Files in this item
|(no description provided)|
|Title:||The Conversations of Female Friends at Three Ages: The Importance of Fantasy, Gossip, and Self-Disclosure|
|Author(s):||Mettetal, Gwendolyn Wallace|
|Department / Program:||Psychology|
|Degree Granting Institution:||University of Illinois at Urbana-Champaign|
|Abstract:||Our knowledge of children's friendships is still quite limited. The purpose of this study was to sample the natural conversations of friends of ages spanning the school-age years to provide a description of the conversational content. Fantasy, gossip, and self-disclosure were hypothesized to be important content areas for 6 to 7 year-old friends, 11 to 12 year-old friends, and 16 to 17 year-old friends, respectively.
A total of 45 pairs of girls filled the cells of the 2 (acquaintance: best friend vs. acquaintance) x 3 (age: young vs. middle vs. old) design. Girls were randomly paired with their best friend or an acquaintance and videotaped during a half hour unstructured conversation in the laboratory. These conversations were coded using the content categories of fantasy, activity talk, several types of gossip, high and low intimacy self-disclosure, and miscellaneous talk. Each segment of conversation was also given a positive or negative evaluation code, to reflect the overall tone of the interaction during that segment.
Activity talk, rather than fantasy, was more common in friends than acquaintances and decreased with age. Both categories are compatible with the young child's concept of a friend as a playmate. The lack of fantasy may have been due to the confinements of the laboratory. Gossip was hypothesized to be important in the middle (11 to 12) friends' conversations, but friends and acquaintances gossiped equally. In age trends, there was a shift in the major type of conversation from activity talk in the young children to gossip and low intimacy disclosure in the middle and old groups. This may be due to an increased interest in the psychological aspects of self and other, and a view of talking itself ("just talking") as a shared activity. High intimacy disclosure increased with age and was more common in friends, supporting social penetration theory, at least in adolescent females.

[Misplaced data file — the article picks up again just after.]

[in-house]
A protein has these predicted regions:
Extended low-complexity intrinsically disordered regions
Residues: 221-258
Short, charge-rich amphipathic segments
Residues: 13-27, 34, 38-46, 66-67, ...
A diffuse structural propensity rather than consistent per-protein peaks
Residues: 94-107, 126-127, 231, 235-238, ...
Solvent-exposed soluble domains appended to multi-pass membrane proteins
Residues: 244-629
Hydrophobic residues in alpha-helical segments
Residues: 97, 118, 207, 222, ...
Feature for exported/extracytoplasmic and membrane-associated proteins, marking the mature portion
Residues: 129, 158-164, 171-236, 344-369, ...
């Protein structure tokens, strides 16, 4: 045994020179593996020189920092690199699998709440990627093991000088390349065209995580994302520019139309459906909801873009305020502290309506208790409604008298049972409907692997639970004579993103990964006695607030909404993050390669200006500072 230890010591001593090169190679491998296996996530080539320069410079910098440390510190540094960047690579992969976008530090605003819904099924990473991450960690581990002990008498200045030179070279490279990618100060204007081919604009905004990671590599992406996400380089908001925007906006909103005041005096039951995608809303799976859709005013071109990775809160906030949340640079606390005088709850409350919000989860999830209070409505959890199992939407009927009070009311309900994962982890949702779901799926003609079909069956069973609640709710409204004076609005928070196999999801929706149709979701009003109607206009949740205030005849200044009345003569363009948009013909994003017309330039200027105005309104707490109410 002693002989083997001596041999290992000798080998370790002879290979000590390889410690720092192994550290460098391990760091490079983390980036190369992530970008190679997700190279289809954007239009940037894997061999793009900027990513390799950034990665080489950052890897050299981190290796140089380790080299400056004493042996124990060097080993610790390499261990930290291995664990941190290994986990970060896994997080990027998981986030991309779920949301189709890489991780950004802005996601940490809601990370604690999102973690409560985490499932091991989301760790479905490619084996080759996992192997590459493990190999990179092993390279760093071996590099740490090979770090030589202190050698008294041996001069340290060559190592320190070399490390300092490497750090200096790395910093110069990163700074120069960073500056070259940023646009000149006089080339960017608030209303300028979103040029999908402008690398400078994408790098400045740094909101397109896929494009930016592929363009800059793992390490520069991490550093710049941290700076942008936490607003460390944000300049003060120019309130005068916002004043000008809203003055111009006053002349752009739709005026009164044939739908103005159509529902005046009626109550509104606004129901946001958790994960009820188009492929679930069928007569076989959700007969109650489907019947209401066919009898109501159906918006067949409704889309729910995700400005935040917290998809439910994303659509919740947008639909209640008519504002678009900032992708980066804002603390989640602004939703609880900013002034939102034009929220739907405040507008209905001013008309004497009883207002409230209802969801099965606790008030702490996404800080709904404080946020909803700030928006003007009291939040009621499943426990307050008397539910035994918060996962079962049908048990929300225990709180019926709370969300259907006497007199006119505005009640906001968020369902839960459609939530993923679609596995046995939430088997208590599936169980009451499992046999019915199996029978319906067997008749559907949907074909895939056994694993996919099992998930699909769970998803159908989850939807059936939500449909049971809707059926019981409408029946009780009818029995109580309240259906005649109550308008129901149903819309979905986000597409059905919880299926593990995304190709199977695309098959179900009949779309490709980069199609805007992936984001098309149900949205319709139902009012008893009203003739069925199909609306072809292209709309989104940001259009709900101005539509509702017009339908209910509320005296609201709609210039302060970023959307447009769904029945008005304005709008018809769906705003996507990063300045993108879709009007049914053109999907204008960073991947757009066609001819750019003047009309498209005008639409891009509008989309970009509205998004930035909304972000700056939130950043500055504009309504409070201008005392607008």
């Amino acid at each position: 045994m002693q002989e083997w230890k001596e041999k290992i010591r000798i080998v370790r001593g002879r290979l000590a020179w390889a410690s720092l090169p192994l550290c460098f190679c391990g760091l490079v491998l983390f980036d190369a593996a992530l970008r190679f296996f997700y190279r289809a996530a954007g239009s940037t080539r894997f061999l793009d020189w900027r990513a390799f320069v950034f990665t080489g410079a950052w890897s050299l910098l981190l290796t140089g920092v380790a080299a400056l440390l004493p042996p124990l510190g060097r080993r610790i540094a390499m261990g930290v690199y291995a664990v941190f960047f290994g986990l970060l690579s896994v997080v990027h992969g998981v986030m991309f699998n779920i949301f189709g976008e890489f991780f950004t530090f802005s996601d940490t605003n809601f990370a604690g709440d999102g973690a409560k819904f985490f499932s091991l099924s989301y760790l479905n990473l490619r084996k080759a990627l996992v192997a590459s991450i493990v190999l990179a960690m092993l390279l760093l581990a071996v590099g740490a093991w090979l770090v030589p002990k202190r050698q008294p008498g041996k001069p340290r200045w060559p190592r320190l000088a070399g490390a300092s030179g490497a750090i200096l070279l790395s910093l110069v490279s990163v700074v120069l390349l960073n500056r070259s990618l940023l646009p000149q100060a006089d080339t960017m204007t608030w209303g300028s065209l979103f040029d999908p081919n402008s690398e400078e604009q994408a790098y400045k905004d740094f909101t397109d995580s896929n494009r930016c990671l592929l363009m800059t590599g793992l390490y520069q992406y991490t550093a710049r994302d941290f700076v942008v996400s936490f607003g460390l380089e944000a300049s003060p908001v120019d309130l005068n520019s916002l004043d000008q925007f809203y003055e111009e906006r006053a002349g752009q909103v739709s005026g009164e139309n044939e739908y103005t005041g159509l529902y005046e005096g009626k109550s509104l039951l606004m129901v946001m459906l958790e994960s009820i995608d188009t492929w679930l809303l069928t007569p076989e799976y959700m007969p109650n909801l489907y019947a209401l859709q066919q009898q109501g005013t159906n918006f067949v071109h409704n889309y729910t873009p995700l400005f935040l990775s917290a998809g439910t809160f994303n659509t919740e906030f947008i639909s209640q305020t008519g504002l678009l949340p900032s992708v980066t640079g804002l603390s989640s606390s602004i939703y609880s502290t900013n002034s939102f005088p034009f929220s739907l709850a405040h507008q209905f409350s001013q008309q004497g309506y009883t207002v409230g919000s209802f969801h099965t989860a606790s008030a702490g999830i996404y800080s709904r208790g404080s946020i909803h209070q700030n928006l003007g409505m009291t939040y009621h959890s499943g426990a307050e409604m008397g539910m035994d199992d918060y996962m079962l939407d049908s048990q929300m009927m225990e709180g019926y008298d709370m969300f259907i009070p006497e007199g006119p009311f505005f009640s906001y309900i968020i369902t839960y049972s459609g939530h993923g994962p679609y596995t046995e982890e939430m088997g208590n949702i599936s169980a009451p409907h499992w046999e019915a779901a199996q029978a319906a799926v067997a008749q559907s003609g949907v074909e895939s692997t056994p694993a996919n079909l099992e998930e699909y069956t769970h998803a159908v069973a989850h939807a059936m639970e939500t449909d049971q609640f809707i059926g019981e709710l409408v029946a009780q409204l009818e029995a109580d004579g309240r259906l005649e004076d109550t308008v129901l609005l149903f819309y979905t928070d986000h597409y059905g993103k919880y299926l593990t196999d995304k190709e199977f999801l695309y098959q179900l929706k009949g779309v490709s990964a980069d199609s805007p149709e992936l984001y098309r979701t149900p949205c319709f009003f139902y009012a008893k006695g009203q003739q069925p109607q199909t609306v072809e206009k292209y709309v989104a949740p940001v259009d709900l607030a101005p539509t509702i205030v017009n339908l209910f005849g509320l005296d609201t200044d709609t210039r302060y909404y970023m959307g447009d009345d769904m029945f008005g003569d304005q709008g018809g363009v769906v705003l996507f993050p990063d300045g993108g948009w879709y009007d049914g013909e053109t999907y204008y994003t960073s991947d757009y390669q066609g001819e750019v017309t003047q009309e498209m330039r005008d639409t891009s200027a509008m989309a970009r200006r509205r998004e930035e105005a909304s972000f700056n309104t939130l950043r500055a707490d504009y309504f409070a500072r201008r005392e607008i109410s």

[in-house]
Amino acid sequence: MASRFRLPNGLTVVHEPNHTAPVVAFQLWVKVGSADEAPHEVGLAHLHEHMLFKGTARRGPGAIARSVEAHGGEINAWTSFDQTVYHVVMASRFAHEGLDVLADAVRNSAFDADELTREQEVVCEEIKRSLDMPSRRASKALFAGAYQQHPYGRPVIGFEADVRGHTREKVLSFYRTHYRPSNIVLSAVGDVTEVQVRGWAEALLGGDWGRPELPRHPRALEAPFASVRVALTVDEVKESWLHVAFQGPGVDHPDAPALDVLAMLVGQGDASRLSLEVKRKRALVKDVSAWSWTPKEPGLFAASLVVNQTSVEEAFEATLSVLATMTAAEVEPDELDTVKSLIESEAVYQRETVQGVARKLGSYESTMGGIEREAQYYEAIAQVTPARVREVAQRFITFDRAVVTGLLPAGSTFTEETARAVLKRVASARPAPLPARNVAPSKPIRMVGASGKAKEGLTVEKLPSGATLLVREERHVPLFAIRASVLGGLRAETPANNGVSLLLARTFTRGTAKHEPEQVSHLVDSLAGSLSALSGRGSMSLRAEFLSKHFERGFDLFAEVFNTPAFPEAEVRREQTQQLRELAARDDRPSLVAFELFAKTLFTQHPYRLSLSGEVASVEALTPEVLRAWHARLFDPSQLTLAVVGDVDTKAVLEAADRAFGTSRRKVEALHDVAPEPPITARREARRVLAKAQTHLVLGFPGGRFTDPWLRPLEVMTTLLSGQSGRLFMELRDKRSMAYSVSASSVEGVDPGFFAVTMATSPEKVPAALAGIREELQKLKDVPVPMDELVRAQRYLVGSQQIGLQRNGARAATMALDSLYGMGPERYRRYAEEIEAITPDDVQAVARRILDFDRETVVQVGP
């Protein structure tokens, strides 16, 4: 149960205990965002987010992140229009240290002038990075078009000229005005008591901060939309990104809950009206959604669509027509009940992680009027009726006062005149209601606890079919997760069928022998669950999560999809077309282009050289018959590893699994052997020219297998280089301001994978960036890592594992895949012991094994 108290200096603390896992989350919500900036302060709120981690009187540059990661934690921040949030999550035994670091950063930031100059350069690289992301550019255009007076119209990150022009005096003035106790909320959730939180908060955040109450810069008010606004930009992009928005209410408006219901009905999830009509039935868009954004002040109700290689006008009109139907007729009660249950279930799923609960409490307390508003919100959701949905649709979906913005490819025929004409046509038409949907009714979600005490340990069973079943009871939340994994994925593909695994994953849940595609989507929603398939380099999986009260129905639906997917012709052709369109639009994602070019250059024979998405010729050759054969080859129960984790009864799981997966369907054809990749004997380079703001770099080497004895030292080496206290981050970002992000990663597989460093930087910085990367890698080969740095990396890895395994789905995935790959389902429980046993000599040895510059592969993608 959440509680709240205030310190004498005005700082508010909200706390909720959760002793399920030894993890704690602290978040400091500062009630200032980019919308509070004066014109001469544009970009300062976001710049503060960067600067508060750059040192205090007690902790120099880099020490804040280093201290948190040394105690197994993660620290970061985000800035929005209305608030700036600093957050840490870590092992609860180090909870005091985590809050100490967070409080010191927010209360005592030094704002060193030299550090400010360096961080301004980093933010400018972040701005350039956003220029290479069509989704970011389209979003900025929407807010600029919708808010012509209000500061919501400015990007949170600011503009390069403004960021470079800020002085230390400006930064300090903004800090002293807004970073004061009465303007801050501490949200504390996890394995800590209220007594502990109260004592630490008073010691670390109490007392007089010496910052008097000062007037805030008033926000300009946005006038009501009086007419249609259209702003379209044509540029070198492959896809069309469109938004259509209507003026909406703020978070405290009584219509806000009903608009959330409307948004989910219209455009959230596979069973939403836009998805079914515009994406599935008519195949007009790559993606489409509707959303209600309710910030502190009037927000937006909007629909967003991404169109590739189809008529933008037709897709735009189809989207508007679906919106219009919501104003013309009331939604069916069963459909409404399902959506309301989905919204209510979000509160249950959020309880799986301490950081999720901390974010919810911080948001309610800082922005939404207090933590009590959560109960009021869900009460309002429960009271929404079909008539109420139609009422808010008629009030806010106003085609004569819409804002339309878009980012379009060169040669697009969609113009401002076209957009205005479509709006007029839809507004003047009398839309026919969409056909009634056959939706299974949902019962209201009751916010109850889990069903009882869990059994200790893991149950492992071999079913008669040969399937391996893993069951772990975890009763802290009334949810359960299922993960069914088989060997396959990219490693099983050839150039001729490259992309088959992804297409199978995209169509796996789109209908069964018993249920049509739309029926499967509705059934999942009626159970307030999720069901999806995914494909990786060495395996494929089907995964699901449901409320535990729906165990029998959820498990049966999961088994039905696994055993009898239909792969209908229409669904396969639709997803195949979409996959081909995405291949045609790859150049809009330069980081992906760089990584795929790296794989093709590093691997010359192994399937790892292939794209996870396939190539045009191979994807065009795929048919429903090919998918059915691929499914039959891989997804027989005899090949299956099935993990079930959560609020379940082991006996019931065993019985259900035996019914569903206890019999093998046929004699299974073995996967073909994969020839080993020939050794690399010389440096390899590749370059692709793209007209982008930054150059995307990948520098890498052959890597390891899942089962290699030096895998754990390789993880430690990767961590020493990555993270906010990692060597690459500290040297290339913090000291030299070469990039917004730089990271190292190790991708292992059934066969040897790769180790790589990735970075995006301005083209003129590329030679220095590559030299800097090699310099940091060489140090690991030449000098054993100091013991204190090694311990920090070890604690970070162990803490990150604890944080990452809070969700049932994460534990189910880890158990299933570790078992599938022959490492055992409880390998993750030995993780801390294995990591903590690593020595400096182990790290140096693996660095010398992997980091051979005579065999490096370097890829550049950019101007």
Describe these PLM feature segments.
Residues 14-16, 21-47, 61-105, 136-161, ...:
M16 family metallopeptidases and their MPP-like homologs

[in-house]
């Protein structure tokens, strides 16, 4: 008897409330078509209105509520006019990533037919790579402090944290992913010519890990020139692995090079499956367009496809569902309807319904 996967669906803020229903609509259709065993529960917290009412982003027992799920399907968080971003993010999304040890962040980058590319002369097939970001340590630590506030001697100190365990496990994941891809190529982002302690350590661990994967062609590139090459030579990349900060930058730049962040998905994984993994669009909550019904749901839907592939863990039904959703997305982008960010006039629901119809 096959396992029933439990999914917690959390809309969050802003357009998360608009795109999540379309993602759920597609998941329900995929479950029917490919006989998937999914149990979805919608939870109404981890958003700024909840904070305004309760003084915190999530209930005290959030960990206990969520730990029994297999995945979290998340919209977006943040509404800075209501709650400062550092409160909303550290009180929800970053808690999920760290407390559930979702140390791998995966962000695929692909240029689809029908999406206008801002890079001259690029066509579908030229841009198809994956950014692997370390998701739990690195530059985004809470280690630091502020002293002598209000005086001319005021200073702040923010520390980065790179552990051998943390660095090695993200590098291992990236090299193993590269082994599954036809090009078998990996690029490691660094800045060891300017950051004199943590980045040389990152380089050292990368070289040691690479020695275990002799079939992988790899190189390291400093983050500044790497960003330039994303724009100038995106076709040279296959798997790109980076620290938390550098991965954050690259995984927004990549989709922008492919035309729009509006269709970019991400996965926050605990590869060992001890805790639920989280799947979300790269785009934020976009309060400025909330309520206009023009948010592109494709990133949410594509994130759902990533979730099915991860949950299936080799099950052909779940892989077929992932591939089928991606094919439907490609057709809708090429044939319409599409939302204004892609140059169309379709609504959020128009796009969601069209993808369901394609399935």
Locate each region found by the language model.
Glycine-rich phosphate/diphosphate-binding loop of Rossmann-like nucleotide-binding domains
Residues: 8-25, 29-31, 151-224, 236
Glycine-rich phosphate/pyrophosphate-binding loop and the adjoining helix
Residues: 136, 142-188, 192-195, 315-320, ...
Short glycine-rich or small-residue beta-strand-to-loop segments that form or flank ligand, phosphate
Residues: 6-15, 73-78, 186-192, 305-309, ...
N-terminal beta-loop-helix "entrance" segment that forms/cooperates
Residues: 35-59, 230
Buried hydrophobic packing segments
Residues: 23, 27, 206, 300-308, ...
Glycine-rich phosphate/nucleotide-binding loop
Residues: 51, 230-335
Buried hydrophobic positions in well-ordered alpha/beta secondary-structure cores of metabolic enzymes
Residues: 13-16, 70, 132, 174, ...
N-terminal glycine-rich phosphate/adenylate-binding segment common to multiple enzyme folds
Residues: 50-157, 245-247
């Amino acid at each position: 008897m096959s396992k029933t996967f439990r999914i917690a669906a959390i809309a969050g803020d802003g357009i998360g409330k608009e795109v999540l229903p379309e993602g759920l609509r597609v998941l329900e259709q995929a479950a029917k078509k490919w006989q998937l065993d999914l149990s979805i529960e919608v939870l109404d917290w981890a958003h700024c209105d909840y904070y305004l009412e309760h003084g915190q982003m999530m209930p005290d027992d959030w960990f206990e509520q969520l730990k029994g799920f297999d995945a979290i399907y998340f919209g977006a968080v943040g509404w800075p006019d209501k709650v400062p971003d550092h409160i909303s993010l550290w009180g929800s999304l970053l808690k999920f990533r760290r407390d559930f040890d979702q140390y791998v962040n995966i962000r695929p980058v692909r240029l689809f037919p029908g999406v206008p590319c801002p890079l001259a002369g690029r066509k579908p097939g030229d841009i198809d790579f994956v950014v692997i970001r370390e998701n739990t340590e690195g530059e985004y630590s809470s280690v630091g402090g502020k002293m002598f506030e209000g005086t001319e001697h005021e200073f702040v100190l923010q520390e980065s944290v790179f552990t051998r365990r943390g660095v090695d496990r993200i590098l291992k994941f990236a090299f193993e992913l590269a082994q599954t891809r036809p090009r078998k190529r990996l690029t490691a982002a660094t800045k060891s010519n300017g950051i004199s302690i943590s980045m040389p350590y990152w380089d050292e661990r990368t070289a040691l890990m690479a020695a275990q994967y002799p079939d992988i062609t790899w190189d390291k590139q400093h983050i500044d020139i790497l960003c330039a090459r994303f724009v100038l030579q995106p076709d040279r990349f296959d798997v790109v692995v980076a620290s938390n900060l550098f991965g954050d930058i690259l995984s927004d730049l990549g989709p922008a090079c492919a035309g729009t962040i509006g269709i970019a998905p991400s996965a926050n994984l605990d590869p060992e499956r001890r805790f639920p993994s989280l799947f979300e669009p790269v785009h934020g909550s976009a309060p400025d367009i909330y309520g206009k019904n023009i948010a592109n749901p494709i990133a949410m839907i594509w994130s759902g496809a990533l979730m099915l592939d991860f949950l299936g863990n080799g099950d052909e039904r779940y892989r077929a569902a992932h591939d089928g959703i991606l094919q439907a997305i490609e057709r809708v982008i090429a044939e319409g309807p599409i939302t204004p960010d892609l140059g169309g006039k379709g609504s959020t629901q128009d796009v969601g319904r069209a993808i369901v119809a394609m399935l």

A general model of friendship was proposed that includes some variables that are present in all friendships, such as feelings of intimacy and affection, and responsive behavior. Other variables, such as concepts of friendship and the particular content of conversations, may be affected by age, sex, and culture. Exploratory descriptive research from an interdisciplinary perspective was suggested.
Thesis (Ph.D.)--University of Illinois at Urbana-Champaign, 1982.
|Date Available in IDEALS:||2014-12-15|